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They are richer than appears. —> Correct? 1. They are richer than appears. 2. The really serious cases are fewer than has been suggested. http://ask.yygrammar.com/q-23051.html Hi. I’ve found these two sentences on the above site. I don’t think they are correct. What do you think? Thank you.
Jun 21, 2019 9:52 AM
Answers · 5
Both sentences are incorrect. The verbs do not agree with the subjects. It appears they were written by a non-native English speaker. Here's what they should be: 1. They are richer than they appear. 2. The really serious cases are fewer than have been suggested.
June 21, 2019
Thank you, Nancy. So where should I put the implied subject “it” in the sentence? “than it has been suggested”? Or “than has been suggested by it”? And what does it refer to?
June 21, 2019
Sentence one is incorrect, as Cullen writes. Sentence two is fine, in my opinion. Even though "than has been suggested" doesn't have a subject, the subject "it" is implied.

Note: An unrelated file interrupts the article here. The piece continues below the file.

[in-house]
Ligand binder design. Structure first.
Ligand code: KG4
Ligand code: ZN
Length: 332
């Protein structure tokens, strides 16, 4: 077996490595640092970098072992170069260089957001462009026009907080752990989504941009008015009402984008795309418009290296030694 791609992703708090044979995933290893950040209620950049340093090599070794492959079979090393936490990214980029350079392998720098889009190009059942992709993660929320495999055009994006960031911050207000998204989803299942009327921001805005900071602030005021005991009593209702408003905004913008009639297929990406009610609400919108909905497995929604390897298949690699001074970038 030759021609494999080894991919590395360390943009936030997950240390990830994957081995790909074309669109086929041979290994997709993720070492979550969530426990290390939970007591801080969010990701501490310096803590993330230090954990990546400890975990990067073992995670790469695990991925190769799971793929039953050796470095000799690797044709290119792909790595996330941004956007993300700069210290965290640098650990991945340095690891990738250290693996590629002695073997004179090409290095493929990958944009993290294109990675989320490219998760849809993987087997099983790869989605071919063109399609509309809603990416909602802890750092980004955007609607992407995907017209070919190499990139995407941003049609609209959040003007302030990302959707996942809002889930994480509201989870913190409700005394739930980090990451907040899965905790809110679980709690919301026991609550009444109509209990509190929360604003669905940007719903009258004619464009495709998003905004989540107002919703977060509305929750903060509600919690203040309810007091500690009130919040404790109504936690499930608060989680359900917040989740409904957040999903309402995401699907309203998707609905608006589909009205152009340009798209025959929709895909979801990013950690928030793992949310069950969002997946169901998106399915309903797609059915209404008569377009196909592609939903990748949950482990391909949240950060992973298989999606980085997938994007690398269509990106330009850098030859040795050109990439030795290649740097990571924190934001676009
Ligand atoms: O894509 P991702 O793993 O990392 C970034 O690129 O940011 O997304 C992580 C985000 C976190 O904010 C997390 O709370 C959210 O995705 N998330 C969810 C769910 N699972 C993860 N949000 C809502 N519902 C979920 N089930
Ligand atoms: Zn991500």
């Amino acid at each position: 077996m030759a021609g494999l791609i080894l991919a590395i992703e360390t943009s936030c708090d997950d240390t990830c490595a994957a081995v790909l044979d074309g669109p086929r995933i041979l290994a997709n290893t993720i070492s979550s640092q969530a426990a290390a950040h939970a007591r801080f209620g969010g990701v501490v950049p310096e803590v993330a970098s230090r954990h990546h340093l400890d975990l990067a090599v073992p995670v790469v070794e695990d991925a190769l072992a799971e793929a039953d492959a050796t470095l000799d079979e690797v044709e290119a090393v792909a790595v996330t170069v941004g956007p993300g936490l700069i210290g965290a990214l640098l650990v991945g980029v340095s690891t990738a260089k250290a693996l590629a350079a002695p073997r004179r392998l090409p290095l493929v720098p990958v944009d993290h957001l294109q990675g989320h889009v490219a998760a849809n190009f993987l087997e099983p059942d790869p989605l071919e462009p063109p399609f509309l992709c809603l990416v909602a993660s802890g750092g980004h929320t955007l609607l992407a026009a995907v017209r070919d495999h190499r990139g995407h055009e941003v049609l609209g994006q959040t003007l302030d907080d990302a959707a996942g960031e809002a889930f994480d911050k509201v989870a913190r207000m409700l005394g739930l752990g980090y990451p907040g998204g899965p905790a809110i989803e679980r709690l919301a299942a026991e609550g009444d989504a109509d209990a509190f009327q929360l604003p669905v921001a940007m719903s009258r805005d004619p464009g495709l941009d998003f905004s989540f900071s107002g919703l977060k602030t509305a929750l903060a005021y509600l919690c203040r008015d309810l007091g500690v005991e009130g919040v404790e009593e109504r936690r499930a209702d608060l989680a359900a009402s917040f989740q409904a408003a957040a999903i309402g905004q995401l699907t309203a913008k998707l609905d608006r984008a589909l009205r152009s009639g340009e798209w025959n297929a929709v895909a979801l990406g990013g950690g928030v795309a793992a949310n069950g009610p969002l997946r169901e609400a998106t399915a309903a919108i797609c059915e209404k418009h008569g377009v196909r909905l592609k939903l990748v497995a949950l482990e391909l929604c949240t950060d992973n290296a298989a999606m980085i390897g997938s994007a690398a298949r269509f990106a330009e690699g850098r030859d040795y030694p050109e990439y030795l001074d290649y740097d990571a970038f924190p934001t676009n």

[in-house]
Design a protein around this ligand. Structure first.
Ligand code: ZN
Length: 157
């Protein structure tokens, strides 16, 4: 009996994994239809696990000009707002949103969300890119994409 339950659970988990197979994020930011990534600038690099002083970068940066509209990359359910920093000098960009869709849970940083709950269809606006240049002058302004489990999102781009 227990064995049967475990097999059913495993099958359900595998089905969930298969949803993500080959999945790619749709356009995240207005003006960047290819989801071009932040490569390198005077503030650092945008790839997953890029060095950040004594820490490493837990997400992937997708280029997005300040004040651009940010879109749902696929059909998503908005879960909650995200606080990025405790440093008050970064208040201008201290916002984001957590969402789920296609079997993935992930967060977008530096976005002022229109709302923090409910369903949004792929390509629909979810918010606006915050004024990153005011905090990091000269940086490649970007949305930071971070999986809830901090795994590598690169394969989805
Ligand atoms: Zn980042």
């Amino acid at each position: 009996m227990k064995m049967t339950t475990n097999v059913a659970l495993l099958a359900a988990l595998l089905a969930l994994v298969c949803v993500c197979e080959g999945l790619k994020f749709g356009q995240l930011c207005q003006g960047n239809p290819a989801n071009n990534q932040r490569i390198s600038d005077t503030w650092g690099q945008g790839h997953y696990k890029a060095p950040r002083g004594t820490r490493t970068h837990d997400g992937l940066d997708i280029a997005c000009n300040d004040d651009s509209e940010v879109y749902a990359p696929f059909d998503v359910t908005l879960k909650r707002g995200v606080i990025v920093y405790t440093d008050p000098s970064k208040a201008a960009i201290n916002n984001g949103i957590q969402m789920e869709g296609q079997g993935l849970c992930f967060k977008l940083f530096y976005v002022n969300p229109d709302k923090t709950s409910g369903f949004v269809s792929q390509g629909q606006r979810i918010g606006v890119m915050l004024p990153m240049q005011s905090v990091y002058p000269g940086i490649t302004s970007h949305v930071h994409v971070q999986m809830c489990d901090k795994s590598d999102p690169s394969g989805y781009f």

June 21, 2019
Hi. Thank you. But I don’t see why the part “... than has been suggested" would work. Since there’s no subject between “than” and “has”, we cannot decide which word to choose between “has” and “have”. I would just say “There are fewer very serious cases than suggested". Does it make sense?
June 21, 2019
Hello, I would say " They are richer than they appear" or "They are richer than it appears", depending on what the writer is trying to say. Also, "There are fewer very serious cases than has been suggested" sounds much better. Message me if you have any other questions 😄
June 21, 2019
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